DPOAE was conducted before treatment and some minutes before the animals were sacrificed, following the frequency 2F1 - F2 with the ratio F1:F2 = 1.22, resolution of two points per octave.

We considered OAE as of the frequency of 1.5 kHz, because the dimensions of the external auditory canal of guinea pigs result in difficulty to detect OAE below this frequency, and the responses coincide with responses to noise.

Thus, we analyzed the frequency of 2kHz, we provided one pure tone above and another one below it, so as the relation between them was 1.22, automatically reaching the frequency response resulting from the relation 2F1-F2 (below the assessed frequency) and 2F2-F1 (above the resulting frequency). We should also bear in mind that intensities F2 and F1 can be either similar or different. In the present study, we used intensities that were similar to 70dB SPL. The intensity of the triggering stimuli may vary from 0 to 70 dB SPL and it can be measured in the range 500 to 8000Hz.19

Resulting otoacoustic emissions are normally about 55 dB SPL less loud than the triggering stimulus. With 70 dB SPL, the generated DPOAE would range approximately from 10 to 15 dB SPL20.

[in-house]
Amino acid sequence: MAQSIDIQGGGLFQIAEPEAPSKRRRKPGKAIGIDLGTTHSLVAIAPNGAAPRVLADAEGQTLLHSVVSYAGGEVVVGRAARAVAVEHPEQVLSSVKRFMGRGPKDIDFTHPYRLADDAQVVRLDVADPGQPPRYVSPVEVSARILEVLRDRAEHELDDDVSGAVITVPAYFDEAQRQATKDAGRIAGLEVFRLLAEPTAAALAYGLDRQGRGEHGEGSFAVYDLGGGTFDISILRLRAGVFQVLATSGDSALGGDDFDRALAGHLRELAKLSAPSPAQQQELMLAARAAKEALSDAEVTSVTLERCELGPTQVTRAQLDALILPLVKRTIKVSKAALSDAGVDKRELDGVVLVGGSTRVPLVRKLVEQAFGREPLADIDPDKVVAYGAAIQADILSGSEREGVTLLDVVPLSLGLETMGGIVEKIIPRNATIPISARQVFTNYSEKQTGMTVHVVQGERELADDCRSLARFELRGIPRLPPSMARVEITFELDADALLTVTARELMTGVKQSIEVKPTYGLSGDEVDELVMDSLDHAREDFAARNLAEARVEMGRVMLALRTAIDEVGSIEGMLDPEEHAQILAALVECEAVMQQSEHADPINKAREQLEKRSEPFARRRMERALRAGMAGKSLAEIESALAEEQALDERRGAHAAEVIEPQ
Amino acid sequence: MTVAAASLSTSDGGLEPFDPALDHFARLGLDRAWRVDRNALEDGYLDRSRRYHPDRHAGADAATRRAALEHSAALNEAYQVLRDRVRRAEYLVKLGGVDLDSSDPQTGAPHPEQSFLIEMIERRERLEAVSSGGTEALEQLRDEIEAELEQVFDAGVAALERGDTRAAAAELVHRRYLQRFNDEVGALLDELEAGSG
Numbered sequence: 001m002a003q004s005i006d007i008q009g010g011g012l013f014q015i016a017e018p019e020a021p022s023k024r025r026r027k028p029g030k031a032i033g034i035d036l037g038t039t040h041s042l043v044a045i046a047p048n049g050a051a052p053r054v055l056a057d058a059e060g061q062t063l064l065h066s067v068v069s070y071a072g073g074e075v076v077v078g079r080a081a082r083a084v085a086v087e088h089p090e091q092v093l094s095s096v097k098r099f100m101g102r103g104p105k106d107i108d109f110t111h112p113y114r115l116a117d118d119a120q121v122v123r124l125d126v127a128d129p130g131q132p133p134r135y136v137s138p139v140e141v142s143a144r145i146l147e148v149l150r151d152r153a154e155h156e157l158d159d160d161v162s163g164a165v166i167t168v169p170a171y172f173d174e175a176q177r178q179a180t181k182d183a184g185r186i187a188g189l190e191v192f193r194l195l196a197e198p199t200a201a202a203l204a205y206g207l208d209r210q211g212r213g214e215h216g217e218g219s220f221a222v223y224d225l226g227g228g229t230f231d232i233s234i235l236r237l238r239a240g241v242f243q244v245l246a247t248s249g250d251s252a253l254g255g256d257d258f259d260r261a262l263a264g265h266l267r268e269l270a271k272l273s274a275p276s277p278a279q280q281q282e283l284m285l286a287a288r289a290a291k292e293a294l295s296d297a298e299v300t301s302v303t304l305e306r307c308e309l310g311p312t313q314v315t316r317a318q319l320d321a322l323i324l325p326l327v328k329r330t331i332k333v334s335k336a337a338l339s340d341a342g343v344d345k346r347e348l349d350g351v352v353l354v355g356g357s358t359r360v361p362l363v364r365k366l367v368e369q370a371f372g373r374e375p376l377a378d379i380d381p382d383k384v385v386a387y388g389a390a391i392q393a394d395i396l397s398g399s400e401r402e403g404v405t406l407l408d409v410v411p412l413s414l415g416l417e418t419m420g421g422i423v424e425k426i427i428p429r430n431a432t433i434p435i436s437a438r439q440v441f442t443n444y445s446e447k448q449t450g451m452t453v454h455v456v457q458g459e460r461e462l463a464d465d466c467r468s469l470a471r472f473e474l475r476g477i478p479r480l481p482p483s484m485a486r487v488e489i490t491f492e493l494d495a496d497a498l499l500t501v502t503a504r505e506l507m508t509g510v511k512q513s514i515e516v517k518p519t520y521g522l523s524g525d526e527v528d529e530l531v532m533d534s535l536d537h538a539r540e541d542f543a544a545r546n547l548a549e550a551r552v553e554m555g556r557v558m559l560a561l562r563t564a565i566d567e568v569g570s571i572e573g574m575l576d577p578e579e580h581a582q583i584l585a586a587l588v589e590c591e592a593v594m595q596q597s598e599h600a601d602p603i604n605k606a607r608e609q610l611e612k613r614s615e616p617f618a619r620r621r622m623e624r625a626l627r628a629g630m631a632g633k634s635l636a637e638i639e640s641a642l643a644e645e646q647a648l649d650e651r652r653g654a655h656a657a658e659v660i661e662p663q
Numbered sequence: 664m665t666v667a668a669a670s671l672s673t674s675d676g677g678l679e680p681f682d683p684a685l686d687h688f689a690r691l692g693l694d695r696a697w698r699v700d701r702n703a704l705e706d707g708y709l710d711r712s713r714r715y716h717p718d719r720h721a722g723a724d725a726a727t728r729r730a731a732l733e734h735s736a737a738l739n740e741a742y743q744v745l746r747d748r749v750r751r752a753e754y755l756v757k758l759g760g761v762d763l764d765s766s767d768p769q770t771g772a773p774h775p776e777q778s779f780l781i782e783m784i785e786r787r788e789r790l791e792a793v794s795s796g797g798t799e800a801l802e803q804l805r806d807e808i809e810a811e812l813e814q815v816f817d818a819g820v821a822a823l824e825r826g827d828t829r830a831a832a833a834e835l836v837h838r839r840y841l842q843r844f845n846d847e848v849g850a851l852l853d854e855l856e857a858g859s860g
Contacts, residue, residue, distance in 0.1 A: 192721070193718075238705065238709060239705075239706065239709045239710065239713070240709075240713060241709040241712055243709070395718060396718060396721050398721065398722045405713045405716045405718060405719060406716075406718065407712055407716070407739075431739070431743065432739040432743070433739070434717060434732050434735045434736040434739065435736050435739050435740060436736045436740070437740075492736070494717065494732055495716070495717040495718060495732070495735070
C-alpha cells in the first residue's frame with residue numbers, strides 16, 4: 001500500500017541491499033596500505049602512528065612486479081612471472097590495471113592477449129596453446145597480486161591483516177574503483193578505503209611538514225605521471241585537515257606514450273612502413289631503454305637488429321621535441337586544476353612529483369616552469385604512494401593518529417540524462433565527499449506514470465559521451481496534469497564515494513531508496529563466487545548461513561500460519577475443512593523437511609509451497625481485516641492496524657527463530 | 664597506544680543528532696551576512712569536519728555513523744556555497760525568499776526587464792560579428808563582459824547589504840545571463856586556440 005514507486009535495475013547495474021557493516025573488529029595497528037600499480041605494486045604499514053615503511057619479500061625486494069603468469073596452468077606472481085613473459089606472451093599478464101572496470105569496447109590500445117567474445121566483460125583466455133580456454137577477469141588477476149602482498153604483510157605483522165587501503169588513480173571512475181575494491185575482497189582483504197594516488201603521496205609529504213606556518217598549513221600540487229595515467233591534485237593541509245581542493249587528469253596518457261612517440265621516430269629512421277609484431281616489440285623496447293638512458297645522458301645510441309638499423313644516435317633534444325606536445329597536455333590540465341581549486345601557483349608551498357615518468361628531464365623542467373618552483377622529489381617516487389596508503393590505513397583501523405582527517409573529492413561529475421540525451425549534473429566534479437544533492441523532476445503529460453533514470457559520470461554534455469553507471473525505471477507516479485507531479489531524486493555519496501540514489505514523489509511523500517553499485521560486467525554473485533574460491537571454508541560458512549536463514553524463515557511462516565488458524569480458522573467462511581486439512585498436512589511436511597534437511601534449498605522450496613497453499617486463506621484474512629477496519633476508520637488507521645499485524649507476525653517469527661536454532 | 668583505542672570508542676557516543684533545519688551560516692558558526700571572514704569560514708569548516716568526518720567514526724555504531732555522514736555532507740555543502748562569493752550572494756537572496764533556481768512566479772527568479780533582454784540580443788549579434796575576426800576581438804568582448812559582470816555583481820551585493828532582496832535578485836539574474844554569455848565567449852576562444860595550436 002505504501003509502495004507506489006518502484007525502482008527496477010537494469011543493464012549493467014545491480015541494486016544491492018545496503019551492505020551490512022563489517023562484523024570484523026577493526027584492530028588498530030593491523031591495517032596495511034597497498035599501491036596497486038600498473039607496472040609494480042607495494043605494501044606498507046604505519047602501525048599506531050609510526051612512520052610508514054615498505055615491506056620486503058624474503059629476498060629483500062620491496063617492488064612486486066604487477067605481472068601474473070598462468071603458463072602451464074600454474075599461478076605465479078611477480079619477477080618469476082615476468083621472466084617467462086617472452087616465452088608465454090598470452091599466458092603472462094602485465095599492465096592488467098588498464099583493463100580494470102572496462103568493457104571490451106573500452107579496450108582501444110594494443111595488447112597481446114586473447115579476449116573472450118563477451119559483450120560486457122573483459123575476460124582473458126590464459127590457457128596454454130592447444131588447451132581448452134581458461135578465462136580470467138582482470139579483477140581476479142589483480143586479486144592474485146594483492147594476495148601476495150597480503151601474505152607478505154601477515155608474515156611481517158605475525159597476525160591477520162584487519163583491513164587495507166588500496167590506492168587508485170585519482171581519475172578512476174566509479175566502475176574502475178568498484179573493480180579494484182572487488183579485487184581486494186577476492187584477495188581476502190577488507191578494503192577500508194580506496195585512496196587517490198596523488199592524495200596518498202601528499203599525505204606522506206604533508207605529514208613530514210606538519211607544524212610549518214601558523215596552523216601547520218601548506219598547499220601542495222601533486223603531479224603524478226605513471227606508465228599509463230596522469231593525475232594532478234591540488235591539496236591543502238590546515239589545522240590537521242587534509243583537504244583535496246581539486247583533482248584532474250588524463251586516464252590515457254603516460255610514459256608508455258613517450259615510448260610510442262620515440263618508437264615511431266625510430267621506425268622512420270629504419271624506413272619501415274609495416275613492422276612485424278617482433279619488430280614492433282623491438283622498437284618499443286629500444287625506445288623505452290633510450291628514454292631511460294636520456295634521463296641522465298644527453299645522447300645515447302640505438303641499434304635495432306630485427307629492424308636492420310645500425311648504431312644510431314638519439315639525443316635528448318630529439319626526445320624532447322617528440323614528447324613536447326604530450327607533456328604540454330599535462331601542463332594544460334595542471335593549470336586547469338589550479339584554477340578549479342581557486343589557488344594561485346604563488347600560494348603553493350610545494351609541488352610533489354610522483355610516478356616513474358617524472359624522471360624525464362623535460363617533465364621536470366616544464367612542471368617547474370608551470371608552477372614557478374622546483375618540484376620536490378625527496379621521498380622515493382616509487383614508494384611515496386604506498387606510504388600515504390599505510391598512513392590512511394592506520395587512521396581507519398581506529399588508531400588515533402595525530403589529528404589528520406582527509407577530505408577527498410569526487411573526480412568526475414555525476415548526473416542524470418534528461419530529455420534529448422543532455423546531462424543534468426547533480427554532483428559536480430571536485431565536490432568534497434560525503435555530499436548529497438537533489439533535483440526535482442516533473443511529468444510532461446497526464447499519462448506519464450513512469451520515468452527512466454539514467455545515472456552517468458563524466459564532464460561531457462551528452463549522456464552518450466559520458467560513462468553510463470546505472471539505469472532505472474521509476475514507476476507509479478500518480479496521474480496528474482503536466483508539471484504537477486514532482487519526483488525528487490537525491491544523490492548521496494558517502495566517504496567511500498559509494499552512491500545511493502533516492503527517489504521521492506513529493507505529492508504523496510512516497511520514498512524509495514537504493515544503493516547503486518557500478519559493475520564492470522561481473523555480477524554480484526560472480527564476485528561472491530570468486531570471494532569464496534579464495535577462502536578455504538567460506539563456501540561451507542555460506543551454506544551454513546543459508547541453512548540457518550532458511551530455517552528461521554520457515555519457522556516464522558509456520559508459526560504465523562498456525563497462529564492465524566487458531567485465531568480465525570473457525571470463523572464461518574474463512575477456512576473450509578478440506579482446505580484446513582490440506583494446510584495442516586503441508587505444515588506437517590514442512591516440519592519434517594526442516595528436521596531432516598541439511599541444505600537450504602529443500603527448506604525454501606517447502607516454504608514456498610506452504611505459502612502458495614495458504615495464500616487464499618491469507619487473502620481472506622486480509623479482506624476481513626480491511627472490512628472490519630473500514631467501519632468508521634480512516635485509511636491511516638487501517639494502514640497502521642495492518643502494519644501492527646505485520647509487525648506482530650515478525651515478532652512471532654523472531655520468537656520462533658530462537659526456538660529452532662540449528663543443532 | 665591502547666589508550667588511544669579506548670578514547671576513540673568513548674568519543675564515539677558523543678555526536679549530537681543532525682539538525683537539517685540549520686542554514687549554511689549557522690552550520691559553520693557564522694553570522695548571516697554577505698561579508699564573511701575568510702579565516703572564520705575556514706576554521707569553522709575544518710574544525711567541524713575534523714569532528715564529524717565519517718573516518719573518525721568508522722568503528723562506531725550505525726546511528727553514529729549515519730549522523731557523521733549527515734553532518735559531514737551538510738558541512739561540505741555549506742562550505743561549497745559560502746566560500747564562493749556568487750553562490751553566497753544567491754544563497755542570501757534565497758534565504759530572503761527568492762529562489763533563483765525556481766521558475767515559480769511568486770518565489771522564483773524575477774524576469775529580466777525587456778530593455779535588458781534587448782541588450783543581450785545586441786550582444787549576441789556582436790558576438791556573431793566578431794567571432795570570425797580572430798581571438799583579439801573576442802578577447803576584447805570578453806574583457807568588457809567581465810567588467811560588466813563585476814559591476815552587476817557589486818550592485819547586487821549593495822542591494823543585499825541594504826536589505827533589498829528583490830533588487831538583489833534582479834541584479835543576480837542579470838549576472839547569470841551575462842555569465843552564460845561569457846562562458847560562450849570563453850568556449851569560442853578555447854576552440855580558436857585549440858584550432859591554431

Thus, we detected the DP gram, or audiocochleogram, in which the stimulus is a sound and a response that is also a sound and that provides information about the functions of cochlear outer hair cells responsible for the analyzed frequencies.21

In this study, what we considered as the most important were OAE in high frequencies, which qualitatively assess the functional status of outer hair cells in the basal turn of the cochlea. We considered presence or absence of DPOAE.

Anatomical AssessmentScanning Electron Microscopy (SEM)

Equipment: Electron Microscope JEOL SCANNING MICROSCOPE - JSM 5200

Guinea pigs were sacrificed in the scheduled time after administration of drugs by intraperitoneal access and anesthesia with ether, and they were decapitated and the cochleae were removed with the bulla.

To carry out microscopic dissection of cochleae, we performed perfusion with fixation solution of glutaraldehyde at 3% at 4º Celsius and maintained them in the solution for 24 hours for fixation. The following steps were carried out at the Laboratory of Electron Microscopy, Department of Morphology, FMRP-USP:

Through the round window, we injected the fixation solution of glutaraldehyde at 3% in buffer phosphate 0.1 M, pH = 7.4, for 4 hours at 4º Celsius, rinsed three times for 5 minutes with the same buffer. After dissecting the cochlea, it was fixed with osmium tetroxide at 1% for 2 hours at 4º Celsius and submitted to dehydration at room temperature in a growing battery of ethanol (50%, 70%, 90% and 95% - once for 10 minutes in each concentration) and absolute ethanol three times for 15 minutes. When the dehydration was over, we followed it by drying by the critical point method of CO2, in which the material was deprived from water. After being fixed in the appropriate specimen holder, the material was recovered in a vacuum chamber with gold vapors and examined under scanning electron microscopy.22-25